Table 38-2 Factors That Modulate Urinary Concentration and Dilution

1. Osmotic gradient of medullary interstitium from corticomedullary junction to papilla:

a. Length of loops of Henle: Species with long loops (e.g., desert rodents) concentrate more than those with short loops (e.g., beaver).

b. Rate of active NaCl reabsorption in the TAL: Increased luminal Na+ delivery to TAL (high GFR or filtration fraction, and low proximal tubule Na+ reabsorption) enhances NaCl reabsorption, whereas low Na+ delivery (low GFR, increased proximal Na+ and fluid reabsorption) reduces concentrating ability. High Na-K pump turnover enhances NaCl reabsorption, whereas inhibiting transport (e.g., loop diuretics) reduces concentrating ability.

2. Protein content of diet: High-protein diet, up to a point, promotes urea accumulation in the inner medullary interstitium and increased concentrating ability.

3. Medullary blood flow: Low blood flow promotes high interstitial osmolality. High blood flow washes out medullary solutes.

4. Osmotic permeability of the collecting tubules and ducts to water: AVP enhances water permeability and thus water reabsorption.

5. Luminal flow in the loop of Henle and the collecting duct: High flow (osmotic diuresis) diminishes the efficiency of the countercurrent multiplier and thus reduces the osmolality of the medullary interstitium. In the MCD, high flow reduces the time available for equilibration of water and urea.

6. Pathophysiology: Central DI reduces plasma AVP levels, whereas nephrogenic DI reduces renal responsiveness to AVP (see the box titled Diabetes Insipidus).

REGULATION BY ARGININE VASOPRESSIN

Large-bodied neurons in the paraventricular and supraoptic nuclei of the hypothalamus synthesize AVP, a nonapeptide also known as ADH. These neurons package the AVP and transport it along their axons to the posterior pituitary, where they release AVP through a breech in the blood-brain barrier into the systemic circulation (see p. 875). In Chapter 40, we discuss how increased plasma osmolality and decreased effective circulating volume increase AVP release. AVP has synergistic effects on two target organs. First, at rather high circulating levels, such as those seen in hypovolemic shock, AVP acts on vascular smooth muscle to cause vasoconstriction (see Chapter 23) and thus to increase blood pressure. Second, and more importantly, AVP acts on the kidney, where it is the major regulator of water excretion. AVP increases water reabsorption by enhancing the water permeabilities of the collecting tubules and ducts and also by stimulating urea transport across the cells of the IMCD.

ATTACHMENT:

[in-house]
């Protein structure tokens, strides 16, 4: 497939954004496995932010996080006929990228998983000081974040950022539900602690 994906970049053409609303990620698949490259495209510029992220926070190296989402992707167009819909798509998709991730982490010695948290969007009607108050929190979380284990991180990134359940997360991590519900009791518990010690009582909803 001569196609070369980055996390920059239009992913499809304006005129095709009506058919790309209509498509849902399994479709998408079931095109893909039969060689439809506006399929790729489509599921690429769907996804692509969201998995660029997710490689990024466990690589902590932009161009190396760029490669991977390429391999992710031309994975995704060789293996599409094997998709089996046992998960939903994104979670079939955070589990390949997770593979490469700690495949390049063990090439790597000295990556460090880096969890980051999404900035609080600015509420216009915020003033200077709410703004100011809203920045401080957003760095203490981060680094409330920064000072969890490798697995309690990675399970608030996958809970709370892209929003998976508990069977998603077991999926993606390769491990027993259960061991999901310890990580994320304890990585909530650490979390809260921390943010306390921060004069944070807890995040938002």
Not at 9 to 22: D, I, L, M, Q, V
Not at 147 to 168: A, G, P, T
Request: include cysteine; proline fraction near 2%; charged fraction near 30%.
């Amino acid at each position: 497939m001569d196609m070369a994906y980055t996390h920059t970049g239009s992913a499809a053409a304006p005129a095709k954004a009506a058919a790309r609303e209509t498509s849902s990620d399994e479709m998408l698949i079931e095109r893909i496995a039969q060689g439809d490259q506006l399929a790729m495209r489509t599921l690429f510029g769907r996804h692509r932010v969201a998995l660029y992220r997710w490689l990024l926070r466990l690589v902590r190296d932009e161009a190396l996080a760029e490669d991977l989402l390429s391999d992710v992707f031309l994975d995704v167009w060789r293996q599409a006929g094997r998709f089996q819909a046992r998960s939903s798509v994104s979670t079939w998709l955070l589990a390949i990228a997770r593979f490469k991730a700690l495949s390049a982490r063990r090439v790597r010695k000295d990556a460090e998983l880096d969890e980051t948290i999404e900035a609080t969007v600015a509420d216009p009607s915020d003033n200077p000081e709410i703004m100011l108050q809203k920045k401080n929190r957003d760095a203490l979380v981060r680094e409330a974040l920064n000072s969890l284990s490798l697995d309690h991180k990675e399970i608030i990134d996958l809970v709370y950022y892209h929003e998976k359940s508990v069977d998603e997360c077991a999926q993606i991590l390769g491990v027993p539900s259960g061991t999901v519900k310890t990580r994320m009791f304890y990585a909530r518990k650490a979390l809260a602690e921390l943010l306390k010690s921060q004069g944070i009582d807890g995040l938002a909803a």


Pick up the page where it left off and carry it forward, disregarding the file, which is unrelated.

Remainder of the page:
AVP increases water permeability in all nephron segments beyond the distal convoluted tubule

Of the water remaining in the DCT, the kidney reabsorbs a variable fraction in the segments from the ICT to the end of the nephron. Absorption of this final fraction of water is under the control of circulating AVP. In the kidney, AVP (1) increases water permeability in all the segments beyond the DCT, (2) increases urea permeability in the IMCD, and (3) increases active NaCl reabsorption in the TAL.

Figure 38-8 summarizes the water permeability of various nephron segments. The water permeability is highest in the proximal tubule and tDHL. The high water permeability in these segments reflects the abundant presence of AQP1 water channels (see Chapter 3) in the apical and basolateral cell membranes.

image

Figure 38-8 Water permeability in different nephron segments. Note that the x-axis scale is logarithmic. (From Knepper MA, Rector FC: In Brenner BM [ed]: The Kidney, pp 532-570. Philadelphia: WB Saunders, 1996.)

In marked contrast to the proximal tubule and tDLH, the following few segments—from the tALH to the connecting tubule—have very low water permeabilities. In the absence of AVP, the next tubule segments, the ICT and CCT, have rather low water permeabilities, whereas the MCDs are virtually impermeable to water. However, AVP dramatically increases the water permeabilities of the collecting tubules (ICT and CCT) and ducts (OMCD and IMCD) by causing AQP2 water channels to insert into the apical membrane (see later). A third type of water channel, AQP3, is present in the basolateral cell membranes of MCDs. Like AQP1, AQP3 is insensitive to AVP.

Given the favorable osmotic gradients discussed in the preceding subchapter, high levels of AVP cause substantial water reabsorption to occur in AVP-sensitive nephron segments. In contrast, when circulating levels of AVP are low, for instance after ingestion of large amounts of water, the water permeability of these nephron segments remains low. Therefore, the fluid leaving the DCT remains hypotonic as it flows down more distal nephron segments. In fact, in the absence of AVP, continued NaCl absorption makes the tubule fluid even more hypotonic, resulting in a large volume of dilute urine (Fig. 38-1).

AVP, acting through cAMP, causes vesicles containing aquaporin 2 water channels to fuse with the apical membrane of principal cells of the collecting tubules and ducts